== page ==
The point of the experiement is to determine if 3 or more flushes could be obtained given the appropriate indicators. Which I mentioned in initial post and again this reply. This could be useful information to know as in my case I have another pine which I’m trying to refine (see original post). It despite my attempts it has continued to produce excessively long needles year after year. Last year I pushed my decandling to mid July. Still pushed long needles with long internodes also as pictured in origfinal post. I will try to push back to August 1st for that pine. Hopefully, I’ll still get what I’m after.

There is a point, as we are taught, when if you decandle too late in the summer/fall… That a second flush might not be produced. Buds might be set and nothing more; Due primarily to decreasing daylight length. One would lose the second flush that year, and then have to wait the following spring where again the growth would be rampant because of the extra accumulation of resources from the previous year where none were used for additional growth.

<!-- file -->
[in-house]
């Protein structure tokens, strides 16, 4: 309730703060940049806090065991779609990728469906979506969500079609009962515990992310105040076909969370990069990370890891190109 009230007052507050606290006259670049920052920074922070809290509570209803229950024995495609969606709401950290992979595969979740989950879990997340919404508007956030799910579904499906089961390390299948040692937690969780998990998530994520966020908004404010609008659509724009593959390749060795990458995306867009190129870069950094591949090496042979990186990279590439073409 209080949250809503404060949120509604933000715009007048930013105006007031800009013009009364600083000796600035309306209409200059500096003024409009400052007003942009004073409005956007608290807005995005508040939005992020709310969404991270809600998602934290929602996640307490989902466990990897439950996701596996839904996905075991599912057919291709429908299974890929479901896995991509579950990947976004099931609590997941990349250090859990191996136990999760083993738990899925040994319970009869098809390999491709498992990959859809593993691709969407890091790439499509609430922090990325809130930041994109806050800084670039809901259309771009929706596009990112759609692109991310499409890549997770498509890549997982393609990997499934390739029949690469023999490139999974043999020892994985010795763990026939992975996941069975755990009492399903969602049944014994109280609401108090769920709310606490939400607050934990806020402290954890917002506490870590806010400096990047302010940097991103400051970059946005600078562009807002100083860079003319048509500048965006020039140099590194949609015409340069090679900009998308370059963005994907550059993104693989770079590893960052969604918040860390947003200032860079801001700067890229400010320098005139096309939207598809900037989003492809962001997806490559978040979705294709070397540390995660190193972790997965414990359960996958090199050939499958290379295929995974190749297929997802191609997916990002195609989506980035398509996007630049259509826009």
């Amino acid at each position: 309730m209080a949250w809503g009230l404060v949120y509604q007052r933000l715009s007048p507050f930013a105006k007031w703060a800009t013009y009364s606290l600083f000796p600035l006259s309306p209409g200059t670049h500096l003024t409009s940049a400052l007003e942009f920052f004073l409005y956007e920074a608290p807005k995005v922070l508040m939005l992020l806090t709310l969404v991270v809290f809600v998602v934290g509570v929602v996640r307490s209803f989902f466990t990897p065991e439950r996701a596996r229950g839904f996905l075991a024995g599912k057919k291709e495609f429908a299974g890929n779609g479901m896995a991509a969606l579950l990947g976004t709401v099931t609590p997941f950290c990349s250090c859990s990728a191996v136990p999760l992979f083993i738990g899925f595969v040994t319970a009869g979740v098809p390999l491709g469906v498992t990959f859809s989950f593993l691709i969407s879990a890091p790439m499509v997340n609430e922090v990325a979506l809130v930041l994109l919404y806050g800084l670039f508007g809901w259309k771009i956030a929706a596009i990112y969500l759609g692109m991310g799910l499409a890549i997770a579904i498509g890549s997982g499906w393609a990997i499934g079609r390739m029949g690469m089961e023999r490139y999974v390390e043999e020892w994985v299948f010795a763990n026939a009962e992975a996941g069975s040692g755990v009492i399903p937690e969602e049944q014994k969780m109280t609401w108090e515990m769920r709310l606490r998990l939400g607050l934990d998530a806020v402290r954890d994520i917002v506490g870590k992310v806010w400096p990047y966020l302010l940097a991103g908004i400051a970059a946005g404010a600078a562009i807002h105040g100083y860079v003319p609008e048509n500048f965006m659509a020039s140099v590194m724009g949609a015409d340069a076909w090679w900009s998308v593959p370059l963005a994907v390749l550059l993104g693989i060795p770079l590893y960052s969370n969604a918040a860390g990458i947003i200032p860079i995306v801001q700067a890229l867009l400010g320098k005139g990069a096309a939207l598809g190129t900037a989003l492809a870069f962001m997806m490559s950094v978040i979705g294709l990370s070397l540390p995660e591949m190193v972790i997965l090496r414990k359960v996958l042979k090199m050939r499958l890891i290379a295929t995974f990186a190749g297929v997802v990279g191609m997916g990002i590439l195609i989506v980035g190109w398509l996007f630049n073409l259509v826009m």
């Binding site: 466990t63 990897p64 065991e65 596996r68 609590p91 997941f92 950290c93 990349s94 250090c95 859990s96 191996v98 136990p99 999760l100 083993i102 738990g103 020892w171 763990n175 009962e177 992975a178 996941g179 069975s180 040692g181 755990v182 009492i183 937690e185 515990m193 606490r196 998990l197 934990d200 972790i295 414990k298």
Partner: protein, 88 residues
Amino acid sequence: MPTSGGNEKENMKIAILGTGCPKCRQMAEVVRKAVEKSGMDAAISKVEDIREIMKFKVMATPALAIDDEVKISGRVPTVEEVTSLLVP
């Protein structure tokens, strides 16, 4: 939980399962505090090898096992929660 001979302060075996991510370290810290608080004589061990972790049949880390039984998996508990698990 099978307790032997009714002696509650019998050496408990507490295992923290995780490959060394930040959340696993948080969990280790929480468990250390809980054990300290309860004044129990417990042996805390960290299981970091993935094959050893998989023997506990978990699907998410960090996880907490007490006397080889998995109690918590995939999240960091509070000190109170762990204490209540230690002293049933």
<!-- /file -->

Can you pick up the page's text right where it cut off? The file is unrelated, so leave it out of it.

Basically, I’m trying to determine given the right indicators if this can be done without adversely affecting the tree while obtaining “what am I trying to accomplish” through candle pruning. This obviously is likely not something that could be done year after year.

I find it worth my efforts to know if given the particulars of the enviroment where these trees grow and their specific adaptations along with how they respond in the area they are being cultivated that a particular practice may be applied. Just another tool to be utilized under a specific set of conditions, by a bonsai practitioner looking to advance his knowledge and skill set.